Heat 4 Finish (15 laps – Top 3 Transfer): 1. Jimmy Owens[4]; 2. Rick Eckert[3]; 3. Shane Clanton[6]; 4. Steve Lance Jr.[13]; 5. Jacob Hawkins[7]; 6. Ben Adkins[5]; 7. Jerry Bowersock[9]; 8. Tony Knowles[11]; 9. Rick DeLong[16]; 10. Brandon Thirlby[18]; 11. Tim McCreadie[15]; 12. Jimmy Dehm[17]; 13. Scott Orr[14]; 14. Hunter Best[19]; 15. Terry Wolfenbarger[20]; 16. Eric Wells[1]; 17. Wayne Chinn[10]; 18. Clint Smith[8]; 19. Jeff Babcock[12]; 20. Jon Henry[2]

Heat 5 Finish (15 laps – Top 3 Transfer): 1. Don O’Neal[6]; 2. Dennis Erb Jr.[2]; 3. Dale McDowell[5]; 4. Brian Shirley[7]; 5. Casey Roberts[15]; 6. DJ Wells[8]; 7. Dustin Neat[14]; 8. Keith Foss[17]; 9. Scott Schmitt[10]; 10. Shanon Buckingham[13]; 11. Sammy Epling[16]; 12. JR Hotovy[12]; 13. Guy Volk[19]; 14. Donnie Moran[11]; 15. Brian Smith[20]; 16. Zack Dohm[1]; 17. Scott James[4]; 18. Vic Hill[3]; 19. Chad Simpson[9]; 20. Jeff Franklin[18]

Heat 6 Finish (Top 3 Transfer): 1. Bart Hartman[7]; 2. Bub Mccool[1]; 3. Gregg Satterlee[5]; 4. Michael Asberry[18]; 5. Brandon Kinzer[9]; 6. Chub Frank[12]; 7. Brett Wyatt[15]; 8. Kevin Mack[19]; 9. Carl Ries[17]; 10. Steve Casebolt[3]; 11. Jared Landers[6]; 12. Doug Drown[11]; 13. Jack Sullivan[2]; 14. Greg Johnson[13]; 15. Austin Hubbard[4]; 16. Jordan Bland[8]; 17. Ray Cook[10]; 18. Shannon Thornsberry[14]; 19. Josh McGuire[16]; 20. Anthony Adams[20]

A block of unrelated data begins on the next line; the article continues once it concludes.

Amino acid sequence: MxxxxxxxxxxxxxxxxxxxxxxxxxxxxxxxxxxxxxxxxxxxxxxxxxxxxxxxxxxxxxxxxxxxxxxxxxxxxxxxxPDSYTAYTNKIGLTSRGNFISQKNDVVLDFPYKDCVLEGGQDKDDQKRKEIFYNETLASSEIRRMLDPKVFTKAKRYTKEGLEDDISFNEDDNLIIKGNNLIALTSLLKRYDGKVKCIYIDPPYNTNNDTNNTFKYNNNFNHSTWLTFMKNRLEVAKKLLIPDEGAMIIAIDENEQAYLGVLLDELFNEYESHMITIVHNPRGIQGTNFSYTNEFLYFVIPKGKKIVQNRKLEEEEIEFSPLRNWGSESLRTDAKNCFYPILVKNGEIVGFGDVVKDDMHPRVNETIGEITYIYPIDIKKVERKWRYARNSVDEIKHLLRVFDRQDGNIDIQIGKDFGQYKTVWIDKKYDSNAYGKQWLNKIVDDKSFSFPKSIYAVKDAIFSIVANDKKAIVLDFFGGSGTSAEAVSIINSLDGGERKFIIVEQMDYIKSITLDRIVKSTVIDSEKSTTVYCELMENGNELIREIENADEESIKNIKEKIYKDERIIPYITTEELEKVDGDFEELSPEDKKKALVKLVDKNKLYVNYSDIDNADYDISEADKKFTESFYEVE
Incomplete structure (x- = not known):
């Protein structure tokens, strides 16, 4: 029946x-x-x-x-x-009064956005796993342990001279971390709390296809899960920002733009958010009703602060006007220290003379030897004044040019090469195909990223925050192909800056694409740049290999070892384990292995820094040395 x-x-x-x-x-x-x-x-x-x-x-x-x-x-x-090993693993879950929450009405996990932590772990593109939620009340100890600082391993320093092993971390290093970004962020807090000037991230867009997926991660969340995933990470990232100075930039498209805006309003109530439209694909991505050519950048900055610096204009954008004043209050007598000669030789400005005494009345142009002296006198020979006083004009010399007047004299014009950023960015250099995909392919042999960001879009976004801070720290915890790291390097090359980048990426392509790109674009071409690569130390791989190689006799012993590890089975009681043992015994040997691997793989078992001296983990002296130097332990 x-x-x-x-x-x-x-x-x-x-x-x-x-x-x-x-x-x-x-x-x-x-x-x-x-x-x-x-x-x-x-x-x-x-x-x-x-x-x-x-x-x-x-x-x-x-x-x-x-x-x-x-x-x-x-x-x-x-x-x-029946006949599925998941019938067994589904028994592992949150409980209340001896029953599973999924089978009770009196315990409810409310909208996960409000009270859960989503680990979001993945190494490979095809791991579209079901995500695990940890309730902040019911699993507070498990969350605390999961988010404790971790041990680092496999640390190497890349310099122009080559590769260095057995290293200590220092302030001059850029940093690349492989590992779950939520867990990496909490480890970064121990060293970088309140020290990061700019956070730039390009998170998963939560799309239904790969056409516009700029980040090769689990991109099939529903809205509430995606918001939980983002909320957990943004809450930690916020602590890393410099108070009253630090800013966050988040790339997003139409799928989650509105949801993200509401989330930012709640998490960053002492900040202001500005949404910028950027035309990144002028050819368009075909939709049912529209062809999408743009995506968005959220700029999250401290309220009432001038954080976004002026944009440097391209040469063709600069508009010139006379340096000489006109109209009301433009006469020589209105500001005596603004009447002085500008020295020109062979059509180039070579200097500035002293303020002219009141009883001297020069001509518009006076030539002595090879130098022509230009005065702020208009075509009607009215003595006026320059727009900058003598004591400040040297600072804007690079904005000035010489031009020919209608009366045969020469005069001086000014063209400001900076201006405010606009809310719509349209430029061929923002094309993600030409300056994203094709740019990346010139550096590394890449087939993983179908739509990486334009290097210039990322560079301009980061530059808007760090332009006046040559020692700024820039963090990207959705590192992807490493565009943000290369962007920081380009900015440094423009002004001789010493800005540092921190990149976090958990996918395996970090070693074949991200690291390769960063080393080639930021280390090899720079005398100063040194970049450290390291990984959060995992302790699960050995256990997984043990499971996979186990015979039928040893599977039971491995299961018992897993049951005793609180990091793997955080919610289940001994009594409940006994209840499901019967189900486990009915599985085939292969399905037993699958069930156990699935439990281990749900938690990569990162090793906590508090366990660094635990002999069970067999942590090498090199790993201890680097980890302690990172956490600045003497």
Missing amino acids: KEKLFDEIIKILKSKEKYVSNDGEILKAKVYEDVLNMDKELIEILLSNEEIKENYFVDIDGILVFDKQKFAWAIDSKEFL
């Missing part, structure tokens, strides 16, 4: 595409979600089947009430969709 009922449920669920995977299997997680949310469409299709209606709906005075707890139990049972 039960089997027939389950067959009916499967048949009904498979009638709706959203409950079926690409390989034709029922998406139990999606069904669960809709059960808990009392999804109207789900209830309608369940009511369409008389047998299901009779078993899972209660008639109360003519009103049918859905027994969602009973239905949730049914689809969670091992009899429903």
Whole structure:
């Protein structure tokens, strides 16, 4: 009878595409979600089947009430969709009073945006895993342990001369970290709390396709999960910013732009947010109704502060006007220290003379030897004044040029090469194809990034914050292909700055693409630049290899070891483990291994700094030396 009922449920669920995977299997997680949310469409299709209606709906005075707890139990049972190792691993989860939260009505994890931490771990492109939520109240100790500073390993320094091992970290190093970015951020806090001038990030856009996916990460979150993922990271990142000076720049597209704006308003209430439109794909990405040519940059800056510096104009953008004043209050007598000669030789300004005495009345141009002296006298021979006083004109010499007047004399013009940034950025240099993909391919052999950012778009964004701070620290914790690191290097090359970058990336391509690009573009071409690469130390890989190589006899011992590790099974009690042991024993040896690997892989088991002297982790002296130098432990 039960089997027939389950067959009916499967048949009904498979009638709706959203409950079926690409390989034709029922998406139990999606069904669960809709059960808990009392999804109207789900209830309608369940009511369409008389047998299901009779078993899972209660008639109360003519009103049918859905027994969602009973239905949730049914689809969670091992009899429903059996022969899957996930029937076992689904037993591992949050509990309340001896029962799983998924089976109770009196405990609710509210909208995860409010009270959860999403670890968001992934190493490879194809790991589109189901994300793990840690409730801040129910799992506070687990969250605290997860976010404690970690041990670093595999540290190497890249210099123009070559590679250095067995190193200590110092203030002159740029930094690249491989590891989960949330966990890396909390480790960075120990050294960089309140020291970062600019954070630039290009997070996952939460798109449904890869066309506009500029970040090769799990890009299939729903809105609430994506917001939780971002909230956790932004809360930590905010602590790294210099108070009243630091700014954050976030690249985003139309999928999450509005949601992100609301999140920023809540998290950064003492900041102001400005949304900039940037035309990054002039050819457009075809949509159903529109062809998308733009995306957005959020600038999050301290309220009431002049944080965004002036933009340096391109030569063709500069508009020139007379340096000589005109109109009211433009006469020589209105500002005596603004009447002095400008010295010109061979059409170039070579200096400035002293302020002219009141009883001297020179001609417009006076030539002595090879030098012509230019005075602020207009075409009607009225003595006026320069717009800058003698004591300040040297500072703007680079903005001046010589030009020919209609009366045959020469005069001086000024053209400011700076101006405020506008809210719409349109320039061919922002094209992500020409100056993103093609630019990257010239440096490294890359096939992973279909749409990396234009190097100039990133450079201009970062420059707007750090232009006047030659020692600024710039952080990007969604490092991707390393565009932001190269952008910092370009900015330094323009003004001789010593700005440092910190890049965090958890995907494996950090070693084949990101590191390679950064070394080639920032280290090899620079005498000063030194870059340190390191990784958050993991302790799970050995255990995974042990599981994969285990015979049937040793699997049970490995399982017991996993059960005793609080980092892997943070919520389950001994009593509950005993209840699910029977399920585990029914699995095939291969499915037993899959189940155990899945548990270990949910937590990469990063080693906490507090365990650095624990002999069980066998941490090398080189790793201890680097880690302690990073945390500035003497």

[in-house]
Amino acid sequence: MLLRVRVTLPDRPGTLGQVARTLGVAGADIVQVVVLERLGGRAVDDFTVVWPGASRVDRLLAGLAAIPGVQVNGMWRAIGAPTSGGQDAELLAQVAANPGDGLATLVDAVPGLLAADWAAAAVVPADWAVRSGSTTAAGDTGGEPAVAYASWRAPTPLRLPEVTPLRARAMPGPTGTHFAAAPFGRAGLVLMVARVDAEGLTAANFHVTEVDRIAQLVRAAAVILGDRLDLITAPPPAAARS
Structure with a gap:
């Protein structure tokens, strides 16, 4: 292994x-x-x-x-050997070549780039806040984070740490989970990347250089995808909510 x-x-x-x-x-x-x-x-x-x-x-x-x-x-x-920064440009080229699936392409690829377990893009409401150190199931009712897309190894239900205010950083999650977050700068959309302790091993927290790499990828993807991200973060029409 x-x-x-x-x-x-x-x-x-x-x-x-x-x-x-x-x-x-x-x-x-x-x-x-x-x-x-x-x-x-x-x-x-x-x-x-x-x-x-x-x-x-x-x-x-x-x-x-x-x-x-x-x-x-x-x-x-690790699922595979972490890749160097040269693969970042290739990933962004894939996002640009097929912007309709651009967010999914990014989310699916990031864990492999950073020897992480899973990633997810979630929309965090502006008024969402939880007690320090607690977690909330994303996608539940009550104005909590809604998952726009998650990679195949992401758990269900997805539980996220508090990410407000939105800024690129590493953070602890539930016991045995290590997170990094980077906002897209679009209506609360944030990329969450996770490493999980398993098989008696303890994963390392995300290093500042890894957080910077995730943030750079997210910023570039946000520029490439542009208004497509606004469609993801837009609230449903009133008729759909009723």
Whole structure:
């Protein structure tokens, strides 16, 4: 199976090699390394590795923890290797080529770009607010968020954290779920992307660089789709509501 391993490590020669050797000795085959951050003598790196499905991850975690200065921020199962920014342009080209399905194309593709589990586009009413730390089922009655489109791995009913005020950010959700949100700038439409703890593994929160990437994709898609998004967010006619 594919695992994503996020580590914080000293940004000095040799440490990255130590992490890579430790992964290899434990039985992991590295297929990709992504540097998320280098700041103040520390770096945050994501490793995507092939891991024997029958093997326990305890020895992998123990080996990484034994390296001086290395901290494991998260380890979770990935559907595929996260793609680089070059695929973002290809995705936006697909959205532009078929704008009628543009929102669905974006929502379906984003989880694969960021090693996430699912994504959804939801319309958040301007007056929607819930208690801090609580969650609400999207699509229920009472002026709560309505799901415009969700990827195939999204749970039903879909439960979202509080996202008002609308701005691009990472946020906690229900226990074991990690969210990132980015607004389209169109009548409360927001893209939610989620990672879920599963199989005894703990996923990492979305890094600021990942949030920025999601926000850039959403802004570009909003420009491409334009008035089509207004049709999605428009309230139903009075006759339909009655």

B-Main No. 1 Finish (20 laps – Top 4 Transfer): 1. Brady Smith[2]; 2. Billy Moyer[1]; 3. Earl Pearson Jr.[3]; 4. Brian Birkhofer[7]; 5. Duane Chamberlain[6]; 6. Dan Schlieper[9]; 7. Chris Brown[11]; 8. John Mason[14]; 9. Audie McWilliams[15]; 10. Ryan Unzicker[13]; 11. RJ Conley[17]; 12. Frank Heckenast[22]; 13. Rick Rickman[23]; 14. Chad Stapleton[21]; 15. Jonathan Davenport[4]; 16. Jay Johnson[12]; 17. Derek Chandler[16]; 18. Billy Moyer Jr[18]; 19. Shannon Babb[8]; 20. Chad Smith[24]; 21. Jimmy Mars[5]; 22. Eddie Carrier Jr.[10]; 23. Ryan VanderVeen[19]; 24. Kevin Weaver[20]

B-Main No. 2 Finish (20 laps – Top 4 Transfer): 1. Brian Shirley[2]; 2. Jacob Hawkins[4]; 3. Casey Roberts[5]; 4. Rick DeLong[16]; 5. Brandon Kinzer[6]; 6. Ben Adkins[7]; 7. Tony Knowles[13]; 8. Steve Lance Jr.[1]; 9. Jerry Bowersock[10]; 10. Chub Frank[9]; 11. Sammy Epling[23]; 12. Brett Wyatt[12]; 13. Scott Schmitt[17]; 14. Brandon Thirlby[19]; 15. Michael Asberry[3]; 16. Dustin Neat[11]; 17. Kevin Mack[15]; 18. DJ Wells[8]; 19. Keith Foss[14]; 20. Carl Ries[18]; 21. Tim Dohm[22]; 22. Shanon Buckingham[20]; 23. Steve Casebolt[21]; 24. Jared Landers[24]

Non-Qualifiers Race Finish (15 laps – Friday Night): 1. April Farmer[2]; 2. Jeff Watson[3]; 3. Russ Frohnaple[6]; 4. Steve Thorsten[9]; 5. Don Gordon[10]; 6. Michael Stiltner[12]; 7. Mike Glynn[7]; 8. Jill George[4]; 9. Adam Thrush[8]; 10. Adam Gendusa[5]; 11. Tom Ramey[11]; 12. Casey Noonan[1]; 13. Randy Boggs[13]; 14. Mike Collins[14]